A simple assessment of lung nodule location for reduction in unnecessary invasive procedures.
Kinsey CM, Billatos E, Mori V, Tonelli B, Cole BF, Duan F, Marques H, de la Bruere I, Onieva J, San José Estépar R, Cleveland A, Idelkope D, Stevenson C, Bates JHT, Aberle D, Spira A, Washko G, San José Estépar R
BACKGROUND: CT screening for lung cancer results in a significant mortality reduction but is complicated by invasive procedures performed for evaluation of the many detected benign nodules. The purpose of this study was to evaluate measures of nodule location within the lung as predictors of malignancy.
METHODS: We analyzed images and data from 3,483 participants in the National Lung Screening Trial (NLST). All nodules (4-20 mm) were characterized by 3D geospatial location using a Cartesian coordinate system and evaluated in logistic regression analysis. Model development and probability cutpoint selection was performed in the NLST testing set. The Geospatial test was then validated in the NLST testing set, and subsequently replicated in a new cohort of 147 participants from The Detection of Early Lung Cancer Among Military Personnel (DECAMP) Consortium.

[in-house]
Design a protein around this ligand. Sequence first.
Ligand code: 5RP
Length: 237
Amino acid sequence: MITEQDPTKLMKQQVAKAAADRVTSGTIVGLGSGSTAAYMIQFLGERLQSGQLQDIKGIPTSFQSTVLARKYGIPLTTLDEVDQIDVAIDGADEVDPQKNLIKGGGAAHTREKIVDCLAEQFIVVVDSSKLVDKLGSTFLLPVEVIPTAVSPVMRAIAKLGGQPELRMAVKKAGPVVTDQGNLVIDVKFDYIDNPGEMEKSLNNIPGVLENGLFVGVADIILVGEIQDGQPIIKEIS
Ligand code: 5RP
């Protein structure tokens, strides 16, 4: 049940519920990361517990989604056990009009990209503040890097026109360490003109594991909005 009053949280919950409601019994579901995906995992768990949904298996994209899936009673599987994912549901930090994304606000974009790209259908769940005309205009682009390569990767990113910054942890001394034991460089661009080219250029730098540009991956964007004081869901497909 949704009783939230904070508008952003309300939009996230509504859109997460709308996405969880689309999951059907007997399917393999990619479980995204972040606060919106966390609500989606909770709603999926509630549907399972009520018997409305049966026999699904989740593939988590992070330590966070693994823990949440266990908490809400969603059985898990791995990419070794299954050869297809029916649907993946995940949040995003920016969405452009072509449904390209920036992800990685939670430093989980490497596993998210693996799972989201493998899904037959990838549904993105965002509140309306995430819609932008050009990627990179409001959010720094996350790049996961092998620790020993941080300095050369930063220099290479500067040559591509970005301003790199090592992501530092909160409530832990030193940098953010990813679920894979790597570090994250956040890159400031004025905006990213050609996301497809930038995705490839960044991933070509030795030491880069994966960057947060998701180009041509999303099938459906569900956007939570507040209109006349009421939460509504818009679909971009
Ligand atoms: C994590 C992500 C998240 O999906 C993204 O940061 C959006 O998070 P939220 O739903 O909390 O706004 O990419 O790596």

RESULTS: The Geospatial Test, consisting of the superior-inferior distance (Z distance), nodule diameter, and radial distance (carina to nodule) performed well in both the NLST validation set (AUC 0.85) and the DECAMP replication cohort (AUC 0.75). A negative Geospatial Test resulted in a less than 2% risk of cancer across all nodule diameters. The Geospatial Test correctly reclassified 19.7% of indeterminate nodules with a diameter over 6mm as benign, while only incorrectly classifying 1% of cancerous nodules as benign. In contrast, the parsimonious Brock Model applied to the same group of nodules correctly reclassified 64.5% of indeterminate nodules as benign but resulted in misclassification of a cancer as benign in 18.2% of the cases. Applying the Geospatial test would result in reducing invasive procedures performed for benign lesions by 11.3% with a low rate of misclassification (1.3%). In contrast, the Brock model applied to the same group of patients results in decreasing invasive procedures for benign lesion by 39.0% but misclassifying 21.1% of cancers as benign.
CONCLUSIONS: Utilizing information about geospatial location within the lung improves risk assessment for indeterminate lung nodules and may reduce unnecessary procedures.
TRIAL REGISTRATION: NCT00047385, NCT01785342.
- NLST-163: Regional CT Parenchymal Abnormalities as Radiographic Biomarkers for Lung Cancer (C. Matthew Kinsey - 2015)